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Would "Windowing" music releases (a la the movie industry) work?

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Now with all the upheaval in the music industry regarding the future of

digital distribution, the Booz-Allen & Hamilton consultancy firm has issued an interesting report suggesting that the music business take a lesson from the movie business's so-called "windowing" distribution

approach. The report, entitled "Windows Into the Future: How Lessons From Hollywood Will Shape the Music Industry," shows how the film industry's strategy of releasing a movie in various stages, or windows (starting with theatrical distribution and proceeding into home video, pay-per-view TV, pay cable TV, and broadcast TV) has increased the revenue base to where theatrical movie showings now account for only 23% of total revenues.


Applying such a strategy to the music industry might result in an album's traditional release to retail, followed by digital downloads, subscription-service delivery, and discounting through record clubs, giving consumers and companies comparable windows by which to buy music

while both maintaining traditional retailing practices and incorporating new online means."

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this idea could have some merit to it, i think.


or, it could worsen the strangle hold of the industry giants.


movies are certainly not a place for artistic work these days, at least not major releases. movies like "killing zoe" are my favorite, and seem fairly underground, underfunded, and low production in my view.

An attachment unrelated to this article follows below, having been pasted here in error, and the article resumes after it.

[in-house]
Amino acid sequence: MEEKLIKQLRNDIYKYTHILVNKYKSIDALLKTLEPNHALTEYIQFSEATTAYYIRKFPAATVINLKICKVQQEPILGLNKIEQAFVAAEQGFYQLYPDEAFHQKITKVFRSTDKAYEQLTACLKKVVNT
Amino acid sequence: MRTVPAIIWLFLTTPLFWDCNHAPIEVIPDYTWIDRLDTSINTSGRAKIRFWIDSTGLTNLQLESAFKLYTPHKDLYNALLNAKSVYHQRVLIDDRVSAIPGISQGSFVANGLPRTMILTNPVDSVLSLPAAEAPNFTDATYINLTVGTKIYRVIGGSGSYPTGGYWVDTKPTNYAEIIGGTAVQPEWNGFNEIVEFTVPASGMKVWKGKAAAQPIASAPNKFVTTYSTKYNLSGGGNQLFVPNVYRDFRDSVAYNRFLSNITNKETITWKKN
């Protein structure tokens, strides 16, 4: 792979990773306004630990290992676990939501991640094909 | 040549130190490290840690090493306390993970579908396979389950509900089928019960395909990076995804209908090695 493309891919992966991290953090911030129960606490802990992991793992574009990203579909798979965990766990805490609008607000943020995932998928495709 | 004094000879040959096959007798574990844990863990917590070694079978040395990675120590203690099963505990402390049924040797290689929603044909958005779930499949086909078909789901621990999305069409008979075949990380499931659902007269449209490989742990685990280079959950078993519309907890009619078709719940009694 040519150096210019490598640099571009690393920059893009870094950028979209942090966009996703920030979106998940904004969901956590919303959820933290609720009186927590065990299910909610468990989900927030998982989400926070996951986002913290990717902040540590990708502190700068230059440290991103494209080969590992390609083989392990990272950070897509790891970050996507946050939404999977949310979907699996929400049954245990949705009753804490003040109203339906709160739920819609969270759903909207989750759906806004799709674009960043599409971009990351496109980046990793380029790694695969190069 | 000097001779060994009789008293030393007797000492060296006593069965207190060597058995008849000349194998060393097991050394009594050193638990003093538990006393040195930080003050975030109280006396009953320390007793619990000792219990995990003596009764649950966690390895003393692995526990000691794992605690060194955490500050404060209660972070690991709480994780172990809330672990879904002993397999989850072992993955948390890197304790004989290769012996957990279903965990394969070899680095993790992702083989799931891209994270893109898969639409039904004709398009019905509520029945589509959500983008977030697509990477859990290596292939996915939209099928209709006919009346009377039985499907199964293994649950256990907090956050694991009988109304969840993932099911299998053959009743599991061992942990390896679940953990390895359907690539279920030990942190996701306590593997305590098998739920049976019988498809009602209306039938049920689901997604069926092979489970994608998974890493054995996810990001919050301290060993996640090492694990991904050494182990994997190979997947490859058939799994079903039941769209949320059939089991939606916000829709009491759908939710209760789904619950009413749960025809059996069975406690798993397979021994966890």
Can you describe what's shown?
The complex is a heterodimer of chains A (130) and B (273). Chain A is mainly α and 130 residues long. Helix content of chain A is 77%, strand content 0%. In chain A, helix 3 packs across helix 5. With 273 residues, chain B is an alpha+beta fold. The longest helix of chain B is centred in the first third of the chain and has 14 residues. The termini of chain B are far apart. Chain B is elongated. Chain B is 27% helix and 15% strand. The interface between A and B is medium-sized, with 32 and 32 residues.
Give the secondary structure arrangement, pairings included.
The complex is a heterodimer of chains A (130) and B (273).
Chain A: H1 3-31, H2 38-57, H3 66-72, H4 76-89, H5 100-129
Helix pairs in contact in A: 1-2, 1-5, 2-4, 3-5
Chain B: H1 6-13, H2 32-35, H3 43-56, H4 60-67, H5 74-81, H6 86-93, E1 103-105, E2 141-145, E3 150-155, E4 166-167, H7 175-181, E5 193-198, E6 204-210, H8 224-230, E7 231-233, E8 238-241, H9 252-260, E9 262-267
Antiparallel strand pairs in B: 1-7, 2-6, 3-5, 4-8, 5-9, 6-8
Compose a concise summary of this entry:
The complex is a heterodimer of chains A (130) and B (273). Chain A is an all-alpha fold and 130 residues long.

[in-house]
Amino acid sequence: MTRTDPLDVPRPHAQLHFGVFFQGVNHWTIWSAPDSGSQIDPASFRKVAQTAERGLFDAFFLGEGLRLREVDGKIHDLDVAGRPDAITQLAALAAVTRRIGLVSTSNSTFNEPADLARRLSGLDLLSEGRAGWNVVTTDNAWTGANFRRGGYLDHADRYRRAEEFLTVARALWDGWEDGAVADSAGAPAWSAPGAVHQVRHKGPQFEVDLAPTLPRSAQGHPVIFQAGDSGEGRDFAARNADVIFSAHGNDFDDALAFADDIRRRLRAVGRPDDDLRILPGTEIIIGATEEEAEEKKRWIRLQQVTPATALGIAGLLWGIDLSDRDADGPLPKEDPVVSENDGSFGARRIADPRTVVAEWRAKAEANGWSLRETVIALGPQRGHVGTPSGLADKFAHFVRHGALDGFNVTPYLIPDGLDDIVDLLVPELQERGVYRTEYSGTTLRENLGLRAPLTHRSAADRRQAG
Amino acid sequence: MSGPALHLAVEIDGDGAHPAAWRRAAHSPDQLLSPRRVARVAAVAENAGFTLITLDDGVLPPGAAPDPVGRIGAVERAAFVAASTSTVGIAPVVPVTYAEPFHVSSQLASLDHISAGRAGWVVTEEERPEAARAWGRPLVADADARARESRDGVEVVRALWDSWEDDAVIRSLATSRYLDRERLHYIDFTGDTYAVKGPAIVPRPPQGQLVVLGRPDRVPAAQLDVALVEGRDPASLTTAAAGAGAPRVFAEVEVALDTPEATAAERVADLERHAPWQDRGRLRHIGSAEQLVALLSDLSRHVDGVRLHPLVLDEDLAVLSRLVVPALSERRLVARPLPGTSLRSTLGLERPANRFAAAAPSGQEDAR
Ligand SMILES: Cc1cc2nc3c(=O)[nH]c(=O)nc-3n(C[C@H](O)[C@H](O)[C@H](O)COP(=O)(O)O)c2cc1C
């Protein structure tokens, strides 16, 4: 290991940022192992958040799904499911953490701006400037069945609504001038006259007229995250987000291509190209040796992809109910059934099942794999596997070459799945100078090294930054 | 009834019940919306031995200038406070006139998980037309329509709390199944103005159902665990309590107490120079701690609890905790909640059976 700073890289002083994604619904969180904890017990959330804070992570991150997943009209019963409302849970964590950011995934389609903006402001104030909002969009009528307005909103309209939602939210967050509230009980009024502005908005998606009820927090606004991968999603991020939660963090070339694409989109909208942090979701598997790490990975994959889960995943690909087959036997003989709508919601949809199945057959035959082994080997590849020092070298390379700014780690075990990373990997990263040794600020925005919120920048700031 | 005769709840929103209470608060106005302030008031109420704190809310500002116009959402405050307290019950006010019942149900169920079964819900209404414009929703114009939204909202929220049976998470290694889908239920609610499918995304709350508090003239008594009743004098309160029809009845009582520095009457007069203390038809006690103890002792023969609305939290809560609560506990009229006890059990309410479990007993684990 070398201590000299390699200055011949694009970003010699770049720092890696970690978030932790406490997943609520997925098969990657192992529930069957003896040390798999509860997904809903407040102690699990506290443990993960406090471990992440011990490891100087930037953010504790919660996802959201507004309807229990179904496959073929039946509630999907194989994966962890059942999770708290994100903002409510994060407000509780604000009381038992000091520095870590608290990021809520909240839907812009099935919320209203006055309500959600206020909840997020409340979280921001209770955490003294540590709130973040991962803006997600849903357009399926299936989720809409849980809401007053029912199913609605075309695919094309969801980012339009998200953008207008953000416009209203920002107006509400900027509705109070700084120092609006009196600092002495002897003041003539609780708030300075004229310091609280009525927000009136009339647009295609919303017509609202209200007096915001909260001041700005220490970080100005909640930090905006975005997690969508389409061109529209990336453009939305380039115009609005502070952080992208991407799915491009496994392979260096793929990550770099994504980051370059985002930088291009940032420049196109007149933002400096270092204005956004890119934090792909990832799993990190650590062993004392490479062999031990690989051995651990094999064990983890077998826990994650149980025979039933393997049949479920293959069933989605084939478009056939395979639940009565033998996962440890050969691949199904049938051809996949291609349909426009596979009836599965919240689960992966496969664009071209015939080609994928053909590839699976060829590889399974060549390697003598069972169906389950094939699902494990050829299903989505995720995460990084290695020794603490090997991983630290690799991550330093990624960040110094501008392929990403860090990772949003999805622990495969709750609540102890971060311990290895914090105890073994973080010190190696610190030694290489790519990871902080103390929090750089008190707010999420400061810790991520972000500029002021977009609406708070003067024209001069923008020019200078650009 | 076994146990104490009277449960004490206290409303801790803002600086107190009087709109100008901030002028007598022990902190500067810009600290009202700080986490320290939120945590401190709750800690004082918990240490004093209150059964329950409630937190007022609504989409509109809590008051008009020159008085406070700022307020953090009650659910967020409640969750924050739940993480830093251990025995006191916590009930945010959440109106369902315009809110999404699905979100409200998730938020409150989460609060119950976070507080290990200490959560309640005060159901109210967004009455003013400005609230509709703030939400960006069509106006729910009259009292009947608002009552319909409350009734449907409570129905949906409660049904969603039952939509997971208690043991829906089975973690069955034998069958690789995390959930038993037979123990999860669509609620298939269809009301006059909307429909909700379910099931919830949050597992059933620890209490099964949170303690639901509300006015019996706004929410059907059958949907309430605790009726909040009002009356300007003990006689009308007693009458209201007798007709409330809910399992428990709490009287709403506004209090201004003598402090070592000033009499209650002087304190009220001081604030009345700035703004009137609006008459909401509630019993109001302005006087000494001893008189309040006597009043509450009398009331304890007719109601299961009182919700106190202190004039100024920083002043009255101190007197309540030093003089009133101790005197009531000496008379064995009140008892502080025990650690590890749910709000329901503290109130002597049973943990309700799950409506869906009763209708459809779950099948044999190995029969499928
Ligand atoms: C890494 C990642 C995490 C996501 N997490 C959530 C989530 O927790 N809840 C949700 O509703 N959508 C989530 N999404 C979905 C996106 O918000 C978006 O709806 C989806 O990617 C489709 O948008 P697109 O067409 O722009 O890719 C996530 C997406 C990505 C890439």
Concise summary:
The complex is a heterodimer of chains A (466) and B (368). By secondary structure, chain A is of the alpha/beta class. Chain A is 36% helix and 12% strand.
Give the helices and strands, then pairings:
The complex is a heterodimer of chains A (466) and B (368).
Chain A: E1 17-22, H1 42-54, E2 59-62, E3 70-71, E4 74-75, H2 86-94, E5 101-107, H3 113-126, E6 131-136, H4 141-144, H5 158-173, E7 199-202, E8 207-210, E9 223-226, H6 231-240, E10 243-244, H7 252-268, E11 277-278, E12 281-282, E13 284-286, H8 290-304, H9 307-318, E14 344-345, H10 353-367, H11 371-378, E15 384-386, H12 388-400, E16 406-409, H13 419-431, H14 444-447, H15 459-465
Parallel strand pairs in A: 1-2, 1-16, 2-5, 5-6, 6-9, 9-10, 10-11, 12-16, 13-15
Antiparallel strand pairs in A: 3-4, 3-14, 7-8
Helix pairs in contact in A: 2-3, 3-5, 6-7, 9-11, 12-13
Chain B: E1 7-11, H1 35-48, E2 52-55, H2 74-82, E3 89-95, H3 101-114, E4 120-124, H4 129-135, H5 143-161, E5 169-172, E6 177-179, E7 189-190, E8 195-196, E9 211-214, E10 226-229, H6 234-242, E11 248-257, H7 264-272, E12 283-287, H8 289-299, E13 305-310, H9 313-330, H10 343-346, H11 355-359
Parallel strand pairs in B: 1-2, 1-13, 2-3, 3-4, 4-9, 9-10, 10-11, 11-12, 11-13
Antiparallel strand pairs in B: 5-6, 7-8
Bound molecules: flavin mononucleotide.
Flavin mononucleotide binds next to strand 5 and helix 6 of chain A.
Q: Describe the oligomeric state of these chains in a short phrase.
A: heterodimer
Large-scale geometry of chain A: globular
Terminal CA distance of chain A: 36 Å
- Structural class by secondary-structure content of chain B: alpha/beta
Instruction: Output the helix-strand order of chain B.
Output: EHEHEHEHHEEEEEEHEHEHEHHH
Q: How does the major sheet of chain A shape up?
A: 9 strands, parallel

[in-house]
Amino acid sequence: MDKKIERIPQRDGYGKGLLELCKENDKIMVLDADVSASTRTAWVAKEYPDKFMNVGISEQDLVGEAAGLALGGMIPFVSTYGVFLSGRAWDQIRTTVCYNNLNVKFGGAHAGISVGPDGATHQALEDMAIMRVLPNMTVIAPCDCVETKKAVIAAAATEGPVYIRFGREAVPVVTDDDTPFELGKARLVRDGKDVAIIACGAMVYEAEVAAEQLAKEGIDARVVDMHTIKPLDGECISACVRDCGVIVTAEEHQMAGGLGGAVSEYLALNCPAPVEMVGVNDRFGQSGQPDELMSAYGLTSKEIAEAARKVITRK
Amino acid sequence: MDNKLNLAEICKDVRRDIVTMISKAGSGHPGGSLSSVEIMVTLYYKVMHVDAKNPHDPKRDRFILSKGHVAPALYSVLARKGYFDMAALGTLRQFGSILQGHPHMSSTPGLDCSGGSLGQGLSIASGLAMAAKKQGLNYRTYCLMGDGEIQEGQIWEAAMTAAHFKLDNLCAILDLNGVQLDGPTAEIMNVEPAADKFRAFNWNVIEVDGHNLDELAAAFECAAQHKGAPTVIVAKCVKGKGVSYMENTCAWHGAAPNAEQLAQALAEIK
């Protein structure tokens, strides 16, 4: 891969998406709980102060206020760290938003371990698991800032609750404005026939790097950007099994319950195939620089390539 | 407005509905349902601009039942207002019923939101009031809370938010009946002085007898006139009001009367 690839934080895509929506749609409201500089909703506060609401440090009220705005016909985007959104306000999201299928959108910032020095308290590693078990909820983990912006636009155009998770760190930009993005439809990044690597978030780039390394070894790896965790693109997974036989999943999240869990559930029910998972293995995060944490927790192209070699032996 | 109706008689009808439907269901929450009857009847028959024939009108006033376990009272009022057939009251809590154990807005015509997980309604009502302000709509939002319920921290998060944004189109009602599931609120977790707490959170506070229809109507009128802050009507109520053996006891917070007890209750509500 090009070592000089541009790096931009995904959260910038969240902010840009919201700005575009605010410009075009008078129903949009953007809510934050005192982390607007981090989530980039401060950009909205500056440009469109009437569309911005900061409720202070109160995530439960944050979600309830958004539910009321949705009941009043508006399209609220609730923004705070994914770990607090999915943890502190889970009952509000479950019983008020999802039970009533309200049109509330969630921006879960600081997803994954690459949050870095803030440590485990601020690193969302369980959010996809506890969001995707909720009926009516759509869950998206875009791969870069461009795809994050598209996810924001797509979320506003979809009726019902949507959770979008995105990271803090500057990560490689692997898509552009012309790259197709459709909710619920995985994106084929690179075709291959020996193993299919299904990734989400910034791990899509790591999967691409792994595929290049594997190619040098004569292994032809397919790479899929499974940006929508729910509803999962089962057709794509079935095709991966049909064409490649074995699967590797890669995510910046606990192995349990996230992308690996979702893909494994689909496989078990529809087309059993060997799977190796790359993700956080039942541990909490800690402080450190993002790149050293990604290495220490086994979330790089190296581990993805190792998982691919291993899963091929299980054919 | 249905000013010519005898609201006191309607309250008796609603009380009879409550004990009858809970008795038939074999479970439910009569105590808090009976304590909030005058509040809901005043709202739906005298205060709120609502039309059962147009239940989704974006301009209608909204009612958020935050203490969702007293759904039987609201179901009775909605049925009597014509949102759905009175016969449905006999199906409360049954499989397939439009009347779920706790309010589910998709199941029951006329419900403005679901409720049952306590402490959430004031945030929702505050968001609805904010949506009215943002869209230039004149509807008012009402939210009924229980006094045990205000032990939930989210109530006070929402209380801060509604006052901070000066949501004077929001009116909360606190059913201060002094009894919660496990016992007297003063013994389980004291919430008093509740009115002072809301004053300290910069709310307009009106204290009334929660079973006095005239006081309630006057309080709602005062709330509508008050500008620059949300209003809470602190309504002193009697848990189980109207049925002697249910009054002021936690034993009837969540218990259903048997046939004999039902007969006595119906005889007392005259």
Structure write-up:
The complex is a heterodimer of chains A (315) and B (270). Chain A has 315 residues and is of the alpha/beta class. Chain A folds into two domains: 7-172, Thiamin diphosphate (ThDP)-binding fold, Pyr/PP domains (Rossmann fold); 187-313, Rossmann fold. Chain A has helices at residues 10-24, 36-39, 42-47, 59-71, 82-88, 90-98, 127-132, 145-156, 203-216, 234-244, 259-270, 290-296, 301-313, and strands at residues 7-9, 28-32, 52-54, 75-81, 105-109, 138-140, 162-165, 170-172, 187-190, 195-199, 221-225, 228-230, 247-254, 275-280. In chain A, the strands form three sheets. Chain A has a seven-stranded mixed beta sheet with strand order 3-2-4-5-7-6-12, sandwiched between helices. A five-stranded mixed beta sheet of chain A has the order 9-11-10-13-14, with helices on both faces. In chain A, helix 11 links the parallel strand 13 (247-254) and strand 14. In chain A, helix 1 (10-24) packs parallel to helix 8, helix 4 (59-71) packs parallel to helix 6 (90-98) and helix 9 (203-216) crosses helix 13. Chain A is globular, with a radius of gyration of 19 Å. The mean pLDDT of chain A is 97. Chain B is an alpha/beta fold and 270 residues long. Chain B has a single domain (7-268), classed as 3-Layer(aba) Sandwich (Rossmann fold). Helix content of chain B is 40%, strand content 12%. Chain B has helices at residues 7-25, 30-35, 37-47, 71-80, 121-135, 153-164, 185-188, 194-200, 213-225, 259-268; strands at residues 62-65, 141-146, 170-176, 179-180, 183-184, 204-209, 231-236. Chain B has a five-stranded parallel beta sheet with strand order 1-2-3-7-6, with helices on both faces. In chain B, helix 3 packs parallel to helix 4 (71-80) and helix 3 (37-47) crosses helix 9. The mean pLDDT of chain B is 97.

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Hey, here's a good marketing idea someone should try sometime:


Make a really good product that people actually want to buy for it's inherent value.



New and Improved Music Soon: http://www.mp3.com/chipmcdonald

Guitar Lessons in Augusta Georgia: www.chipmcdonald.com

Eccentric blog: https://chipmcdonaldblog.blogspot.com/


/ "big ass windbag" - Bruce Swedien

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Rob, that seems like a good idea, but there's a flaw: so far, movies have been more difficult to copy and release online. Yes, there are places where you can download flicks, but you need a REALLY fast modem as these are huge files. It's so easy to pirate music, and that's one reason why it keeps happening.


Actually I'm sort of trying a different approach, getting individual cuts out in a variety of places, after which I plan to follow up with a CD that has them all. That way, if someone hears some of my music and likes it, perhaps they'll want to get the CD so they can hear more of it.

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Windowing is a credible approach, but one that has a couple of pretty huge hurdles. For one thing, it's a theatrical approach and the record and movie types aren't really chummy, even in the consolidated mega-media companies.


Essentially the DVD release of regional versions of movie product tests the idea of windows. The encryption coding that has been cracked by DeCSS is the protection that theoretically allows a staged worldwide release of movies. That is, that discs for the US can't be read in European or Asian players. And that movies opening on their lucrative theatrical release schedule in overseas markets won't be compromised by DVD's leaking into the distribution system.


Right now the studios seem pretty spooked by the DeCSS cracking and might not be in any hurry to extend it to music.


(Ironically the cracking was enabled by the US restrictions on encryption technology. It was a dorm room project.)

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